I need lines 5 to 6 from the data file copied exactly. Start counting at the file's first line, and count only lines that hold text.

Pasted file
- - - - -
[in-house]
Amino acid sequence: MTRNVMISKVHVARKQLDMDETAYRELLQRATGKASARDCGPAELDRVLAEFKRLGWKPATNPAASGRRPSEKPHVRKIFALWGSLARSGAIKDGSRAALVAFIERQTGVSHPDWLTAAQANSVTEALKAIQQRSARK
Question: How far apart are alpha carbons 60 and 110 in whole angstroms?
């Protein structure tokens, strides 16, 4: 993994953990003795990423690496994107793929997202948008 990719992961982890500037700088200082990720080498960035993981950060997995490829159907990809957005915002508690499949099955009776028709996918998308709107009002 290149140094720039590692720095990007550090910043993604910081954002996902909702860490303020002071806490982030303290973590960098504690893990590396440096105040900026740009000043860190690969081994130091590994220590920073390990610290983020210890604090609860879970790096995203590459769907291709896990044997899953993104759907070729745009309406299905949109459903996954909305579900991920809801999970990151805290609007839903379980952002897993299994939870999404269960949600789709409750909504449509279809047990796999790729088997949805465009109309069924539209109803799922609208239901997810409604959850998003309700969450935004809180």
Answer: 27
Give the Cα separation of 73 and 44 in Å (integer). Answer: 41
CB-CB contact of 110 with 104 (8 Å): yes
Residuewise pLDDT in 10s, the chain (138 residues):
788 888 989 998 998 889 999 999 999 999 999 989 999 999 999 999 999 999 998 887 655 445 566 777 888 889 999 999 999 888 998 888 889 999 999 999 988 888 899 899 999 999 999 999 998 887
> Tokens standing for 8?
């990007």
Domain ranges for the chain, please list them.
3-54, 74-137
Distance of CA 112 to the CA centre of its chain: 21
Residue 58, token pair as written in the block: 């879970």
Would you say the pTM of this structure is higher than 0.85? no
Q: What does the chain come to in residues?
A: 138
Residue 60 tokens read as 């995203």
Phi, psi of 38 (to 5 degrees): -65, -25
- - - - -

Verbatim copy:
Answer: 27
Give the Cα separation of 73 and 44 in Å (integer). Answer: 41